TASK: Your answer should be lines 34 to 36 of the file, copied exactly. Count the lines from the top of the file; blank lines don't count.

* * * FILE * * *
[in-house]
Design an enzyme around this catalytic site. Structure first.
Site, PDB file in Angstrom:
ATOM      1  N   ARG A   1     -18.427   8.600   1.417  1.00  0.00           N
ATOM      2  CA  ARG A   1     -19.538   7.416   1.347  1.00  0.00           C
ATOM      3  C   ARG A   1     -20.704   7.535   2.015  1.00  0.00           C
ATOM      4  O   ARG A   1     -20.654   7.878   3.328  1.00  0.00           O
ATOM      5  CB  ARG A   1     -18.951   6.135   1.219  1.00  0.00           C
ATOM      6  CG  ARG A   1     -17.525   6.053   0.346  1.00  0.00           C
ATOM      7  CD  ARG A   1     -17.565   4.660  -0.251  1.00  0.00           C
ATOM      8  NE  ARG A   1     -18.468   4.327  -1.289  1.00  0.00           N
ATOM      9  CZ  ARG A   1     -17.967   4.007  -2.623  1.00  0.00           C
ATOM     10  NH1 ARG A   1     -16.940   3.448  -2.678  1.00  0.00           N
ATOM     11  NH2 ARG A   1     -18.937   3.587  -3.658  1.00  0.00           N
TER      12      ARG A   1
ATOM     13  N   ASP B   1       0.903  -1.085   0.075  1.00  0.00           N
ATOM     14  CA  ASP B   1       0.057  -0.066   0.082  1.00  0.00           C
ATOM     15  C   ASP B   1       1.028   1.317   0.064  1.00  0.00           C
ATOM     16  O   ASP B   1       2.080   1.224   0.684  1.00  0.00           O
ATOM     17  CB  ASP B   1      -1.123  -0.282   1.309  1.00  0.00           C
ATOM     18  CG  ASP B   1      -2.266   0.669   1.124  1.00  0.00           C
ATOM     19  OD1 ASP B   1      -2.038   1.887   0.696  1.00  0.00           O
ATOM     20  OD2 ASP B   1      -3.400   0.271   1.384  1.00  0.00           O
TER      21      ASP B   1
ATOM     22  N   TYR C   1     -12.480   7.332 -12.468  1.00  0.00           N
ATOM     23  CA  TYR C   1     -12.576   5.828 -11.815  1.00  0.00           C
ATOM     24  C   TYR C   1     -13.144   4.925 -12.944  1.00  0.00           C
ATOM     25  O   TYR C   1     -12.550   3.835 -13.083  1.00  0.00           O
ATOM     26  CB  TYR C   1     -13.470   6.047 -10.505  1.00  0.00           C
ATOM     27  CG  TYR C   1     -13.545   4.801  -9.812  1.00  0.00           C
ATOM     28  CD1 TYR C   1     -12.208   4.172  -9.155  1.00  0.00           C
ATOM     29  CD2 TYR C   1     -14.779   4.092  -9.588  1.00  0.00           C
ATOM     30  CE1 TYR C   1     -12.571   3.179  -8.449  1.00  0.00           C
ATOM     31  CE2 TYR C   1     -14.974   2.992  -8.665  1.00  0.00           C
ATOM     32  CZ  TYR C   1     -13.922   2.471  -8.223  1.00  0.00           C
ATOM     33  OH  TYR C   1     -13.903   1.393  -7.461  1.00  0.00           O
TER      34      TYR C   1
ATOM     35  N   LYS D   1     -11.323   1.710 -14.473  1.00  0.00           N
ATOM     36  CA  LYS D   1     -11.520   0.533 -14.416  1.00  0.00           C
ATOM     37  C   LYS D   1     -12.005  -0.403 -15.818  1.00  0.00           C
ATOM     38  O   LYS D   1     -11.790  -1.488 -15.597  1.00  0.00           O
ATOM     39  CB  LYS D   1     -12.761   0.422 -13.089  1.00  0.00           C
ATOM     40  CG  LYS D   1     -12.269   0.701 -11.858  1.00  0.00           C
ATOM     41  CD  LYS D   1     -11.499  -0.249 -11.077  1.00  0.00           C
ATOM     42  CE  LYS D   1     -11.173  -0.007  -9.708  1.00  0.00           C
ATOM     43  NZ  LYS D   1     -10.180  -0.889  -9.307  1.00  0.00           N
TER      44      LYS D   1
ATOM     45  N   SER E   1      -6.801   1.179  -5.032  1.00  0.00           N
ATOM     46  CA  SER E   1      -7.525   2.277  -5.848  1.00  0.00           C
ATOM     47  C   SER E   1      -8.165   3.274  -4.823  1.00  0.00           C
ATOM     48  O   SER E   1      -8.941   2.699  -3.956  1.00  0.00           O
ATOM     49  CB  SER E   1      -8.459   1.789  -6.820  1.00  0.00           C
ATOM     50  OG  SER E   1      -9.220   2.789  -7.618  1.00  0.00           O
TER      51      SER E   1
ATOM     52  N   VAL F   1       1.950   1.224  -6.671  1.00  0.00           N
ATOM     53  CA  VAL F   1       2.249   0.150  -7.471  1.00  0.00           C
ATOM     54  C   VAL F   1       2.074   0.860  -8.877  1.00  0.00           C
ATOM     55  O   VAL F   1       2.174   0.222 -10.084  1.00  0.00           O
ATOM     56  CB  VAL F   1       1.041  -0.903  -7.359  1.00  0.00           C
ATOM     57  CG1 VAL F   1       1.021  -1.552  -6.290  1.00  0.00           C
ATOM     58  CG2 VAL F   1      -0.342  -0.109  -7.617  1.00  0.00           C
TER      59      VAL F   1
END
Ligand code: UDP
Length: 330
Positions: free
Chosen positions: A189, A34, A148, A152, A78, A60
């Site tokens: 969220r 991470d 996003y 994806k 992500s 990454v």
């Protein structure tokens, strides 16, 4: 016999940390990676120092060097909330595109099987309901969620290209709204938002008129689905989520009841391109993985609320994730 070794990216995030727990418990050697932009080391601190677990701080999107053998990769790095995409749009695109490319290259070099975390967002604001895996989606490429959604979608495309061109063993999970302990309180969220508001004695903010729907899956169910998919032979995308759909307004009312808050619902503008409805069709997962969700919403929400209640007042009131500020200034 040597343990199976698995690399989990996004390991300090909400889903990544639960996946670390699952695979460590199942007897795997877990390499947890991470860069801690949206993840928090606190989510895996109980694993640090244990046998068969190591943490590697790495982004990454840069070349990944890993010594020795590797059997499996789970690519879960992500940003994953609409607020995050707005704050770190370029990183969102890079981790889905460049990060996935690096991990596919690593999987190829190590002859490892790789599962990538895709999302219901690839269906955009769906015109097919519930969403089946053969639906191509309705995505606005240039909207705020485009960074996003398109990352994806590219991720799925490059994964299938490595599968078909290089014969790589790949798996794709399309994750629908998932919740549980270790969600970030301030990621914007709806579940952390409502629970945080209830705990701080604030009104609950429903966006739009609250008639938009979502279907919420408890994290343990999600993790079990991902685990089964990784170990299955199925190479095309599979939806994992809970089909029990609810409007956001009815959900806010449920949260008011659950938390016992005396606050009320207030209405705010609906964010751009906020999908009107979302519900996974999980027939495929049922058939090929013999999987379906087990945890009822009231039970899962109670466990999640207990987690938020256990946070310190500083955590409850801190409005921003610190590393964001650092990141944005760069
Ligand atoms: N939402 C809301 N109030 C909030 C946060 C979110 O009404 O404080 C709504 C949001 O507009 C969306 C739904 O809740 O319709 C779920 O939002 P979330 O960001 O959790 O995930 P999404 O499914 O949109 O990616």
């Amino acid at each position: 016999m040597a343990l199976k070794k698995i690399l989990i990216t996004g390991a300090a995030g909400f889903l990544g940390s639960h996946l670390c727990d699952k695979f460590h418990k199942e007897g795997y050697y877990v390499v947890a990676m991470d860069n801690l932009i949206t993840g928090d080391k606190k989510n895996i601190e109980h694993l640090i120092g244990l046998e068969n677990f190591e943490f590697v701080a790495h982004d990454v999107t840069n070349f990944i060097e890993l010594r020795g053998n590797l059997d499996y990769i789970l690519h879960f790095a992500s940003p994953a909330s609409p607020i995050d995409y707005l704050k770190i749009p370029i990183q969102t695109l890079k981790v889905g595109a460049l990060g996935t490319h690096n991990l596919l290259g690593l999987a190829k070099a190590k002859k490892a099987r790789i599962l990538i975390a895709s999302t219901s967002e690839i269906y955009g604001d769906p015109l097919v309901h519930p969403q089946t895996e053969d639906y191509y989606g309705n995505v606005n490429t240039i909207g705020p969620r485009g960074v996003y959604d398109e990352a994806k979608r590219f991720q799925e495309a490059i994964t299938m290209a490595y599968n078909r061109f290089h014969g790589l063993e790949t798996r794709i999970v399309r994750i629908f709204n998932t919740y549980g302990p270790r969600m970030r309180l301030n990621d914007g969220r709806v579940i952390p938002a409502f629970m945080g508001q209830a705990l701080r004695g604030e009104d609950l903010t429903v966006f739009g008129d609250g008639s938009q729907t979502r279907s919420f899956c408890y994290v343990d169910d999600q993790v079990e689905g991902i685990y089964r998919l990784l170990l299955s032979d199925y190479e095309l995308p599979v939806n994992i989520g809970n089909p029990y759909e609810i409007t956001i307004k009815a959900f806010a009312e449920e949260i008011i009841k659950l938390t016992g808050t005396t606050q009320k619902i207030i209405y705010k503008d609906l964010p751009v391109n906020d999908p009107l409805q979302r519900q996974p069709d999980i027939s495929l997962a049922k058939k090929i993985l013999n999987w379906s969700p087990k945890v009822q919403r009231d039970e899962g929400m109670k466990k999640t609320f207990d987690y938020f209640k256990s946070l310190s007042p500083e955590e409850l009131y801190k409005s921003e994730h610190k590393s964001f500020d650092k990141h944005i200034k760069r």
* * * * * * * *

ATOM     31  CE2 TYR C   1     -14.974   2.992  -8.665  1.00  0.00           C
ATOM     32  CZ  TYR C   1     -13.922   2.471  -8.223  1.00  0.00           C
ATOM     33  OH  TYR C   1     -13.903   1.393  -7.461  1.00  0.00           O